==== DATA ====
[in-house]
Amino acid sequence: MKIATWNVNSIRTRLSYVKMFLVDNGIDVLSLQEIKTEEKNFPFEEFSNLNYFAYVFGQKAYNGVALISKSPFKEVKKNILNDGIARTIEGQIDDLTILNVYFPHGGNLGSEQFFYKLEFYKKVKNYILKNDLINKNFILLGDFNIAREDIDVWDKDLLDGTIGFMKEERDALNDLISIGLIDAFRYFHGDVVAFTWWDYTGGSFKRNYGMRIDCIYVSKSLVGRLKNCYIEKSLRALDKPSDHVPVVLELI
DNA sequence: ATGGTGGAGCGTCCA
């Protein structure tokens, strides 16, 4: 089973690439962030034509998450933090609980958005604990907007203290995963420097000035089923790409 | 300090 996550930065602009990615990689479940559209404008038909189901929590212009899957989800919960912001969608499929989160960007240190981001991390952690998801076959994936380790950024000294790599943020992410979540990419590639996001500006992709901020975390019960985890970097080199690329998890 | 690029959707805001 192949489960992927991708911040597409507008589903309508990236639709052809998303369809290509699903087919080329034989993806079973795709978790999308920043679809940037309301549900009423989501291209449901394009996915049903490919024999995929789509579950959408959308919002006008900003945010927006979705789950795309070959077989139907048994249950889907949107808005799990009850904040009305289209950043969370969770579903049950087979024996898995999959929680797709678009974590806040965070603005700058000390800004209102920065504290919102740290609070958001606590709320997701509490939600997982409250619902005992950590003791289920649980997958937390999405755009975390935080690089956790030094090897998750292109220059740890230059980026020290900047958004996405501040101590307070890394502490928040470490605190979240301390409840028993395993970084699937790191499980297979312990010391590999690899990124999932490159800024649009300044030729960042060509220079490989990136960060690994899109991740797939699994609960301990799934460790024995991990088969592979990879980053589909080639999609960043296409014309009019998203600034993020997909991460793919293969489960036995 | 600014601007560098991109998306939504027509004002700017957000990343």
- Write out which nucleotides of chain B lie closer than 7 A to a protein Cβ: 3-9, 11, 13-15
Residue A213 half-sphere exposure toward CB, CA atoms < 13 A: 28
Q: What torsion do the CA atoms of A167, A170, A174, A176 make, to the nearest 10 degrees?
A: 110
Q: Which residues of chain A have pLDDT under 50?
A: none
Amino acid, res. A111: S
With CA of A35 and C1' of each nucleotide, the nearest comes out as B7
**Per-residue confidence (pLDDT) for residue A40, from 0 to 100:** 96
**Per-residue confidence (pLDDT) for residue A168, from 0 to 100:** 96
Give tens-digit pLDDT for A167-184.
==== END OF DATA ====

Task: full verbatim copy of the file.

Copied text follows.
[in-house]
Amino acid sequence: MKIATWNVNSIRTRLSYVKMFLVDNGIDVLSLQEIKTEEKNFPFEEFSNLNYFAYVFGQKAYNGVALISKSPFKEVKKNILNDGIARTIEGQIDDLTILNVYFPHGGNLGSEQFFYKLEFYKKVKNYILKNDLINKNFILLGDFNIAREDIDVWDKDLLDGTIGFMKEERDALNDLISIGLIDAFRYFHGDVVAFTWWDYTGGSFKRNYGMRIDCIYVSKSLVGRLKNCYIEKSLRALDKPSDHVPVVLELI
DNA sequence: ATGGTGGAGCGTCCA
């Protein structure tokens, strides 16, 4: 089973690439962030034509998450933090609980958005604990907007203290995963420097000035089923790409 | 300090 996550930065602009990615990689479940559209404008038909189901929590212009899957989800919960912001969608499929989160960007240190981001991390952690998801076959994936380790950024000294790599943020992410979540990419590639996001500006992709901020975390019960985890970097080199690329998890 | 690029959707805001 192949489960992927991708911040597409507008589903309508990236639709052809998303369809290509699903087919080329034989993806079973795709978790999308920043679809940037309301549900009423989501291209449901394009996915049903490919024999995929789509579950959408959308919002006008900003945010927006979705789950795309070959077989139907048994249950889907949107808005799990009850904040009305289209950043969370969770579903049950087979024996898995999959929680797709678009974590806040965070603005700058000390800004209102920065504290919102740290609070958001606590709320997701509490939600997982409250619902005992950590003791289920649980997958937390999405755009975390935080690089956790030094090897998750292109220059740890230059980026020290900047958004996405501040101590307070890394502490928040470490605190979240301390409840028993395993970084699937790191499980297979312990010391590999690899990124999932490159800024649009300044030729960042060509220079490989990136960060690994899109991740797939699994609960301990799934460790024995991990088969592979990879980053589909080639999609960043296409014309009019998203600034993020997909991460793919293969489960036995 | 600014601007560098991109998306939504027509004002700017957000990343």
- Write out which nucleotides of chain B lie closer than 7 A to a protein Cβ: 3-9, 11, 13-15
Residue A213 half-sphere exposure toward CB, CA atoms < 13 A: 28
Q: What torsion do the CA atoms of A167, A170, A174, A176 make, to the nearest 10 degrees?
A: 110
Q: Which residues of chain A have pLDDT under 50?
A: none
Amino acid, res. A111: S
With CA of A35 and C1' of each nucleotide, the nearest comes out as B7
**Per-residue confidence (pLDDT) for residue A40, from 0 to 100:** 96
**Per-residue confidence (pLDDT) for residue A168, from 0 to 100:** 96
Give tens-digit pLDDT for A167-184.